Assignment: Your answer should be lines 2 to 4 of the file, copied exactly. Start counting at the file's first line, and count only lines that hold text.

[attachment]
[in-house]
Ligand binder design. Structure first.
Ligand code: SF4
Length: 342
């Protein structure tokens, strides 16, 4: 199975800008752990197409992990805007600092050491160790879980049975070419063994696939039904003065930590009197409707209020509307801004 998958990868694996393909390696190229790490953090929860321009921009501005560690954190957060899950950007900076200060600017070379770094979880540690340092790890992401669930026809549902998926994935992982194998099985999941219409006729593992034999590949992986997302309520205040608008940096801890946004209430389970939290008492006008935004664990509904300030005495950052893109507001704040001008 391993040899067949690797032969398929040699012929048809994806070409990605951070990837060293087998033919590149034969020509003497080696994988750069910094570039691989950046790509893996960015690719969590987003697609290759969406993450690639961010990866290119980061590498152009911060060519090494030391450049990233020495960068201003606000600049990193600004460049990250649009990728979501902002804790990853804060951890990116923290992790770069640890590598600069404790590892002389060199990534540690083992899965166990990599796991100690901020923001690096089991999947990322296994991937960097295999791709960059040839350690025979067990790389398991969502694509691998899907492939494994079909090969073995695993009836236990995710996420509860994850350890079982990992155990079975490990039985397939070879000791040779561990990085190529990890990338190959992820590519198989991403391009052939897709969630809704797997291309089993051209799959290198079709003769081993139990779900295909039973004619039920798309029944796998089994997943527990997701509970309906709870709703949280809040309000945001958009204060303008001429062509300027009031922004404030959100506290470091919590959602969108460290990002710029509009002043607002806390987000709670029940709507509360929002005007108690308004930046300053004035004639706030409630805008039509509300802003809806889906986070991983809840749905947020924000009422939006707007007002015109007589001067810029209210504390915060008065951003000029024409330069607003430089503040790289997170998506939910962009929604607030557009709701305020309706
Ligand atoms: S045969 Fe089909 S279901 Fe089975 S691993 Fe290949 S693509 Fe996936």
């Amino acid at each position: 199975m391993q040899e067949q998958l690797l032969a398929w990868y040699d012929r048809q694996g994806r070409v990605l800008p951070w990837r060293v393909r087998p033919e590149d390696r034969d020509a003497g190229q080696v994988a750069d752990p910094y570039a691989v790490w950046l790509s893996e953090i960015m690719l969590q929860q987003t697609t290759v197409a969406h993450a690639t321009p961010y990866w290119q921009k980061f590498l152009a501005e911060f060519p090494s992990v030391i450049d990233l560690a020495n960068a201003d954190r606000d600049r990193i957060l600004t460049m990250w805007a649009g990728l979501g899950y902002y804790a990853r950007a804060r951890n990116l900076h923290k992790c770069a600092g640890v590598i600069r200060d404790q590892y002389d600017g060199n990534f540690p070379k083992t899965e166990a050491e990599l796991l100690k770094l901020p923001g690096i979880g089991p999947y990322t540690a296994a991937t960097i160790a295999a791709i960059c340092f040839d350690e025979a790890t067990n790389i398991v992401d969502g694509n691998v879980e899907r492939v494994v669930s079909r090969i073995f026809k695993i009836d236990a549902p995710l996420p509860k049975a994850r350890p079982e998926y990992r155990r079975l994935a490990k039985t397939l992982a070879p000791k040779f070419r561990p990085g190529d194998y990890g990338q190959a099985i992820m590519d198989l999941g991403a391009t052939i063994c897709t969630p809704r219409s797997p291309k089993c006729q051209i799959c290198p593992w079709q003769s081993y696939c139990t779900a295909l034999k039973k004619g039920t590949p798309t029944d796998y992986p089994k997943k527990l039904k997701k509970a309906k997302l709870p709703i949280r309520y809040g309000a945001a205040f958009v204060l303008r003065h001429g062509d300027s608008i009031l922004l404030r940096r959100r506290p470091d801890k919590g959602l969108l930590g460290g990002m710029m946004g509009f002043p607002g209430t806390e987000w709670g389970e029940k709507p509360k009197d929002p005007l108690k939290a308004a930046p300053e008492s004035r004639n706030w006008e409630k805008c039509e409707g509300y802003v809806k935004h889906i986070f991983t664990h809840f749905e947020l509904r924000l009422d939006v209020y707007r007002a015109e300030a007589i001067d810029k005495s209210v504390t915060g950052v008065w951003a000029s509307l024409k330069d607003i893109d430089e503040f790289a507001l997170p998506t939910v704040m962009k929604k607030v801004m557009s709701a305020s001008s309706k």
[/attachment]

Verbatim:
Ligand binder design. Structure first.
Ligand code: SF4
Length: 342